I am not advocating that folks that fail to pay their tolls should not have to pay penalties. I’m simply suggesting that the current penalty scheme is excessive when compared to other fees and penalties found in Virginia law.
By way of example, if we applied the most onerous standard of treble damages to a toll, then the $4.00 toll would leap to $12.00. If we then allowed the tolling facility to charge the same late fees as a credit card company the bill could leap all the way to $82.00. Let’s make the toll violator pay the same $250.00 fine as a DUI first time offender. That brings the bill $332.00. Now, just to make sure we have all bases covered, let’s tack on the standard 25% in attorney’s fees and jack the violators bill all the way up to $415.00. After applying every reasonable charge under the law, interest, penalties and fees comes up to $415.00 for violating a $4.00 toll. That increases the original debt by 10,000% as result of interest and fees!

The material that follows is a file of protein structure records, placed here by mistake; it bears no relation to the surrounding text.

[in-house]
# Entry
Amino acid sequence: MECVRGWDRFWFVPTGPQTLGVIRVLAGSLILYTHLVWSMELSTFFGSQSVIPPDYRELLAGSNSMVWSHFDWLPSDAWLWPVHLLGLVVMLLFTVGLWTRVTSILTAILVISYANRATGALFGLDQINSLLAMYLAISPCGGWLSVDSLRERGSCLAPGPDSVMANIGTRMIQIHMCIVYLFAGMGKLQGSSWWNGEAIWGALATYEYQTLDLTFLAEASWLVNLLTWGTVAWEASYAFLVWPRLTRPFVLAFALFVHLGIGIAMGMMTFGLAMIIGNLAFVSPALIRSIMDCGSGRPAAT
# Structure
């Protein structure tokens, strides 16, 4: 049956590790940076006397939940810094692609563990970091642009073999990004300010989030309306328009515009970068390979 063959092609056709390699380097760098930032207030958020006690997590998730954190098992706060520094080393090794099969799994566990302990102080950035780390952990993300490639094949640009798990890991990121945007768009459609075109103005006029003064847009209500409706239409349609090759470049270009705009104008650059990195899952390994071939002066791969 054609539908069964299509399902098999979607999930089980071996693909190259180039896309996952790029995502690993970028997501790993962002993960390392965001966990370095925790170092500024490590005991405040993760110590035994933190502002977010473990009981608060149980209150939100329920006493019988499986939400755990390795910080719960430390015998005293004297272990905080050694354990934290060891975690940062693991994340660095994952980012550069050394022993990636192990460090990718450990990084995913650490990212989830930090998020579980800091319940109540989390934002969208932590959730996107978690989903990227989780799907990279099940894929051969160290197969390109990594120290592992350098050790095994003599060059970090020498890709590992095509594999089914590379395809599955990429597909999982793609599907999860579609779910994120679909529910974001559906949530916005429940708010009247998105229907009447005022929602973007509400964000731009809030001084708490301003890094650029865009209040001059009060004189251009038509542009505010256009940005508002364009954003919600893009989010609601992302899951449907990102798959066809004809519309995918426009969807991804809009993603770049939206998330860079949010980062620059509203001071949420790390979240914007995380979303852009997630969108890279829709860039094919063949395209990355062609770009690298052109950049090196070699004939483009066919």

Yet the law makers in Richmond don’t think 10,000% interest and collection fees is enough – they proposed to cap the administrative fees and penalties on a first offense at 55,000%.
Despite the legislature’s attack on Virginia commuters, there is still one small hope for the hard working people of Virginia that find themselves facing an overwhelming bill from one of Virginia’s tolling facilities. Depending on which tolling facility assessed the toll, the toll may be dischargeable in bankruptcy. If you have a toll you can’t pay, call one of our attorneys to see if we can help you.